Skip to main content

NHL commissioner Gary Bettman gestures during a question and answer session at the Calgary Chamber of Commerce in Calgary, Alta., Monday, Jan. 11, 2016.Jeff McIntosh

NHL commissioner Gary Bettman is heading to Calgary on Friday but says anything to do with a new arena for the Flames franchise is not on the agenda.

He says he'll meet with sponsors, some season ticket holders, and team officials.

But he says he won't be wading into the issue of a new rink because the Flames have decided there's no point.

"Obviously I'll get an update from the Flames, but they are no longer pursuing a new arena in Calgary so there's really nothing to talk about," Bettman told reporters in Edmonton on Thursday.

Bettman was asked if the ball is then in the city's court when it comes to getting negotiations renewed.

"There is no court," Bettman replied. "The team has decided there was no point in continuing to pursue a new arena."

The Flames pulled out of talks with the city last fall, saying negotiations were going nowhere on reaching a deal to build a new facility to replace the 34-year-old Scotiabank Saddledome.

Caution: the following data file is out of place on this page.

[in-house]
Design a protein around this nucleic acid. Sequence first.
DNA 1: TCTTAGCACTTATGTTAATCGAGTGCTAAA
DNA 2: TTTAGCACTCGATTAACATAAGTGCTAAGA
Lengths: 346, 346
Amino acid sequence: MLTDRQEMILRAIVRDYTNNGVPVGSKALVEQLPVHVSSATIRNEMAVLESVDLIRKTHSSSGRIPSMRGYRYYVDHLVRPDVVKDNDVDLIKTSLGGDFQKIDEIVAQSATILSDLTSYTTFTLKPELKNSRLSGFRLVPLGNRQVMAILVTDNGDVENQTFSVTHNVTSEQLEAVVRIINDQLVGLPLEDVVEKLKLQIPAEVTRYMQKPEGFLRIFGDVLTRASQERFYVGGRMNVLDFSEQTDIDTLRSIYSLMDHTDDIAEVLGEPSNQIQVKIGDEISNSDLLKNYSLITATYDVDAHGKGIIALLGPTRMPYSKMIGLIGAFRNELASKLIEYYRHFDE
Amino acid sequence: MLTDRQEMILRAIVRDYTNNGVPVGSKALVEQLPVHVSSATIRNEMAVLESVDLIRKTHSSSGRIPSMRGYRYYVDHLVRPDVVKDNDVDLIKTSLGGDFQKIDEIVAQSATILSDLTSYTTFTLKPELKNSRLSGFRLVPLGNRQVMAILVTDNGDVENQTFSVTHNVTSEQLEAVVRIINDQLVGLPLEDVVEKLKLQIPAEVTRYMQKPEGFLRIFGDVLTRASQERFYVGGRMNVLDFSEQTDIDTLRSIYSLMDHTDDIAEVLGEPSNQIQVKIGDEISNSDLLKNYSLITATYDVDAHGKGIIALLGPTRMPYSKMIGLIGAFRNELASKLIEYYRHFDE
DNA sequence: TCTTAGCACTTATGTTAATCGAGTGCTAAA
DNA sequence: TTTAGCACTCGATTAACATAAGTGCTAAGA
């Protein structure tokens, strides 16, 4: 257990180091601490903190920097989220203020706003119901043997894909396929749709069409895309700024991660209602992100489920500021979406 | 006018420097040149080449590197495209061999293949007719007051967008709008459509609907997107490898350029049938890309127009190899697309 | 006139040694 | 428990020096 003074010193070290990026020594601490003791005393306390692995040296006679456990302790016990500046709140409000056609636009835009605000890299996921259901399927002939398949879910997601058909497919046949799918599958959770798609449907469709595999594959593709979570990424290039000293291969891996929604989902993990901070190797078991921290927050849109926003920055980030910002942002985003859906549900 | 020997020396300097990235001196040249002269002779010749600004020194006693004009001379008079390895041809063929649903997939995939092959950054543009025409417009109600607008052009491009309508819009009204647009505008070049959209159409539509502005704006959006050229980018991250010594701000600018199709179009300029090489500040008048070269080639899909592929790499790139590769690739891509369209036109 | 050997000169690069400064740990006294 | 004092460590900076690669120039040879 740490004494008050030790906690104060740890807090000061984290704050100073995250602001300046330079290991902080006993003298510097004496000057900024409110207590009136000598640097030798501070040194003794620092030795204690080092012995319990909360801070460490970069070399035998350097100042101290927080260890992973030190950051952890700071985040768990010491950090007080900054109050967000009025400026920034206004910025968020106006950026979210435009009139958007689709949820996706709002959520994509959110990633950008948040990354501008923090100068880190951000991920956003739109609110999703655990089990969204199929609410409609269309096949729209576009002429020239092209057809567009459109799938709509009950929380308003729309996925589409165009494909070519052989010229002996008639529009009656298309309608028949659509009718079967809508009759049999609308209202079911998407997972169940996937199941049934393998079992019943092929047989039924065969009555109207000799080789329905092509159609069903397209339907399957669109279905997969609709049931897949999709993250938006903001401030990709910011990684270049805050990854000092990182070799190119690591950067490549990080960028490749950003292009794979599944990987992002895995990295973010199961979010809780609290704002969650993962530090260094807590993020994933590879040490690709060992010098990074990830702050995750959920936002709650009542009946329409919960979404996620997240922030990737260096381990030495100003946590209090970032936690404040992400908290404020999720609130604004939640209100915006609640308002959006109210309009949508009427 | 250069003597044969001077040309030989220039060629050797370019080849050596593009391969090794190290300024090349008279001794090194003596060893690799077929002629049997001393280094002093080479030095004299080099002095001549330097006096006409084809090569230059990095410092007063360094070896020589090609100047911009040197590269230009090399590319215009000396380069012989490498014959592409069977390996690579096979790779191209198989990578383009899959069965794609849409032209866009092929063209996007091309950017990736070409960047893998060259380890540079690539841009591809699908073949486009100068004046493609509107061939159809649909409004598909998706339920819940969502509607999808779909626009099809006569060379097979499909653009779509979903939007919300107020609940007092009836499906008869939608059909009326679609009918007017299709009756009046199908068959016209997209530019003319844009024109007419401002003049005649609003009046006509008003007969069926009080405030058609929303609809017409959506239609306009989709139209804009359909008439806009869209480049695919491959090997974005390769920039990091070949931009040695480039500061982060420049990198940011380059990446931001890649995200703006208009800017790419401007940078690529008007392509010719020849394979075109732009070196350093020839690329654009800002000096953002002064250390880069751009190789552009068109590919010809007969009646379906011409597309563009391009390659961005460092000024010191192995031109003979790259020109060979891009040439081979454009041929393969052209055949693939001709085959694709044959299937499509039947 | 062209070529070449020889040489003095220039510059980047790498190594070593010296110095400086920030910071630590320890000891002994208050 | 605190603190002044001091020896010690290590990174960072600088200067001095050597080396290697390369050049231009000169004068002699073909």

Bettman has said previously that playing in the Saddledome threatens the team's ability to compete, and the Flames say they'll continue operations there for as long as they can remain viable and then look at options.

Calgary Mayor Naheed Nenshi has said the Flames' proposal for a $500-million arena places a heavy tax burden on the city, but the Flames say the city's plan would ultimately see the team foot the entire cost of construction.

Bettman was in Edmonton as part of a three-city western tour to meet with fans, officials and sponsors. He was in Vancouver Wednesday, announcing that the 2019 NHL draft would be in that city.

Bettman was asked that if talks with the City of Calgary are dead, will he discuss longer term strategies or options with the Flames?

"You'll have to talk to the Flames about this, but they have said notwithstanding the fact that they're playing in the league's oldest building they are going to do the best they can for as long as they can," he said.